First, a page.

Paper stores were originally news agents selling newspapers, magazines, and cigars. But no more, at least for the Paper Store, headquartered in Acton, Mass. Ever since Bob Anderson, fresh out of college, purchased the original 700 sq. ft. Paper Store in Maynard, Mass., in 1964, he has tinkered with size, format, and product mix to turn it into one of the largest regional chains—and one of the fastest growing retailers—in New England. The company now has more than 1,000 employees and continues to hire as it expands.

The Paper Store has opened an outlet a month for each of the past seven months and now has 32 gift stores, most 8,000 sq. ft. During the same period, the privately held chain remodeled two stores extensively and two moderately. Now it’s about to move its 30,000-sq.-ft. warehouse out of Acton to a facility that’s four times the size in Leominster. Anderson has a new store slated to open this fall, and is readying a complete overhaul of the Web site ( with a shopping cart for October. In addition, he is considering buying an additional group of stores, which he declined to name.

Anderson’s desire to build the company has been fueled by strong numbers, along with his biological clock. “I’ll be 70,” he says. “I have five children in the business, and I want to retire at 75.” His sons, John, Tom, and Jim, handle retail, operations, and shipping and receiving, respectively, while daughters Laura and Meg are buyers.

Although books make up 6% of sales at the Paper Store—its product mix includes Vera Bradley handbags, Hallmark cards, Stonewall treats, jewelry, women’s clothing, toys and gifts, and home decor—that will likely increase. Like the adage about Boston weather, “wait five minutes,” Anderson is all about giving sections their due, and has no trouble shrinking or expanding categories based on sales. He sums up his philosophy of business and life by reciting part of the last stanza from Rudyard Kipling’s “If” and substituting “products” for “men”:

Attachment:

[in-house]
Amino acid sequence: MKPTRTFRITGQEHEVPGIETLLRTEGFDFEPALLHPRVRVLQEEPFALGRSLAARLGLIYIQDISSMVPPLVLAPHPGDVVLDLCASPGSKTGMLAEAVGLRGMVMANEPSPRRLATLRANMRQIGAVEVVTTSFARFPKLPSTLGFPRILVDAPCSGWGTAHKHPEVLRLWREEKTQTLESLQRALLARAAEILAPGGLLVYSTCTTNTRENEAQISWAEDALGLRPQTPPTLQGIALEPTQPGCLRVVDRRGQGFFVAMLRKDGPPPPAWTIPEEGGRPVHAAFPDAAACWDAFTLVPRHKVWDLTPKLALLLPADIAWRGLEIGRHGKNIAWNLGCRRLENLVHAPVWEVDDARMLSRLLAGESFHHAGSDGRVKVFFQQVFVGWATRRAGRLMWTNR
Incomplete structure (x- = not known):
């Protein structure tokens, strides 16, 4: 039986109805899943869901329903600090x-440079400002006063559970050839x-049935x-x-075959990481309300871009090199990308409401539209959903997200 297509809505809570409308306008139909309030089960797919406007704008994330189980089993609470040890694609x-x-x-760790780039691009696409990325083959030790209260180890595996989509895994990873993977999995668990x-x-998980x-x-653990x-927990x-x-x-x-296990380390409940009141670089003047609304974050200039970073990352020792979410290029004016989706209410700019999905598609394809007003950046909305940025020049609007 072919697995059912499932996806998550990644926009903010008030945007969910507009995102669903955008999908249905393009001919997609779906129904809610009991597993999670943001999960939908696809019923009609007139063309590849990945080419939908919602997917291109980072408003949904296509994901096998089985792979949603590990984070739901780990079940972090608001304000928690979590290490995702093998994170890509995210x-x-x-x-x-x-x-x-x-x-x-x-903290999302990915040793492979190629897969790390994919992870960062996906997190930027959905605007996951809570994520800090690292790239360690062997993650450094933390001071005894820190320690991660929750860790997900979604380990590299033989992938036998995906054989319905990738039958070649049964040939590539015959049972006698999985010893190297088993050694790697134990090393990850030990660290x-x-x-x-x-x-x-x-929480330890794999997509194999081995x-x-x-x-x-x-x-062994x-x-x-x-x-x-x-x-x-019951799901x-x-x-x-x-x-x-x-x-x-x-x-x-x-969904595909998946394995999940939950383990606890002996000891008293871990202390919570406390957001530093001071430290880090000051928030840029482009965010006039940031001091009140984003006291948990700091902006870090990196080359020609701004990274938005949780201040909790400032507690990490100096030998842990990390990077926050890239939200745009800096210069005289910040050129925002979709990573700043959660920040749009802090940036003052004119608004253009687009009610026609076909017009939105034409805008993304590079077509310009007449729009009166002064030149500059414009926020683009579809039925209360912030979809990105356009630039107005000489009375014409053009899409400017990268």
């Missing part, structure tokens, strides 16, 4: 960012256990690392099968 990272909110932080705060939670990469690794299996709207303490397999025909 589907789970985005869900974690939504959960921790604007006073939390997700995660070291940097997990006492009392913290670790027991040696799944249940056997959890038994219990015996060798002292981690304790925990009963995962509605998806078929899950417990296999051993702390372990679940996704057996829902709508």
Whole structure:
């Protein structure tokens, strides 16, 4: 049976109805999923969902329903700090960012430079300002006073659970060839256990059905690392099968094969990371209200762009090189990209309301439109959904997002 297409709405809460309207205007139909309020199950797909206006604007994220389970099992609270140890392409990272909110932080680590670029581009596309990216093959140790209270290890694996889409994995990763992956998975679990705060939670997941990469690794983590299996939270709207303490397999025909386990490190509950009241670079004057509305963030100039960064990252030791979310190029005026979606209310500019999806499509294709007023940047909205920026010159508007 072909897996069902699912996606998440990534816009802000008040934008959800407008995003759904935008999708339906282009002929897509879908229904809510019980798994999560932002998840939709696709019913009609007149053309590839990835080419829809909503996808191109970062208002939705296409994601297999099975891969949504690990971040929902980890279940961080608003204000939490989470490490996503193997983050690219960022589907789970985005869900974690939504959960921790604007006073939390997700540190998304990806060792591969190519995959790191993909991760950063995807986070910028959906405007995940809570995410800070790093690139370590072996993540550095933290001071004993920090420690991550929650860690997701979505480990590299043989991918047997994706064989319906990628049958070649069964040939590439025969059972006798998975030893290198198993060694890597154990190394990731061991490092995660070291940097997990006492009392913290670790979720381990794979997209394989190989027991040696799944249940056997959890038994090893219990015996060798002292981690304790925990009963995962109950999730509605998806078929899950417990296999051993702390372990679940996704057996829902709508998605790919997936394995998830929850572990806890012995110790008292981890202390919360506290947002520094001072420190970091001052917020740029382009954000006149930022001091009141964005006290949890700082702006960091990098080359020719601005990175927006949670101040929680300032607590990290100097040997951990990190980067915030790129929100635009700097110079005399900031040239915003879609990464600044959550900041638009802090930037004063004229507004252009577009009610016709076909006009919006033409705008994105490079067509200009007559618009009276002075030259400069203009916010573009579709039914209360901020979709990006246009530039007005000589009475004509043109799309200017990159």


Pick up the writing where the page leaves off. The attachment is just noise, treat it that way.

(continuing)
If you can talk with crowds and keep your virtue,

Or walk with Kings—nor lose the common touch,

If neither foes nor loving friends can hurt you,

If all products count with you, but none too much

The Paper Store is also one of a number of New England retailers to benefit from the collapse of Borders, particularly its Hudson and Beverly, Mass., stores. “They were coming to us for gifts anyway,” says book buyer Mike Joachim. This year book sales are up 25%–30%, with less inventory. In addition to a 350–400-sq.-ft. dedicated book section in each store, since Joachim’s hiring last fall the stores have begun to do more cross-merchandising with sports books and logo clothing, cookbooks and gifts for barbecue season, as well as children’s. Recently the chain has begun placing books at registers as part of its new “The Paper Store Recommends” program of three hardcovers and 11 paperbacks each month. In June, the Paper Store will introduce an online book club with in-store displays. The first selection, Lucinda Riley’s The Orchid House, was #25 last week on the stores’ bestseller list. For the first time the chain is also featuring one or two titles in its seasonal catalogues.

Joachim’s motto for books is “focus, focus, focus.” Even though the selection is relatively small, with so many stores the right book can rack up a lot of sales. Humor books are perennial sellers; Dan Cangelosi and Joseph Delli Carpini’s Italian Without Words, for example, has sold several thousand copies. Small-format gift titles like The Pocket Pema Chödrön have also become store staples. Occasionally a small press title works, like M. Dickey Drysdale’s The Wrath of Irene, an instant book produced through CreateSpace, which describes last year’s hurricane that caused so much devastation in the Northeast. One sales rep, who preferred to remain anonymous, described the chain’s approach this way: “They try to be very particular on which hardcovers to bring in and focus instead on top trade paperbacks, either top name authors, rep suggestions, or those that have regional interest. When I get an order for a title, it means some pretty good billing since the number is usually over 100 copies.”

Anderson, who regards himself as an entrepreneur with a staff of entrepreneurs, has placed only two restrictions on the book section: no books with naked women on the cover and no books on committing suicide. Currently the Paper Store carries only print books, but Anderson likes to keep his options open, as long as changes are geared to the customer. “It’s a sophisticated world out there,” he says. “We’re trying to keep it uncomplicated.”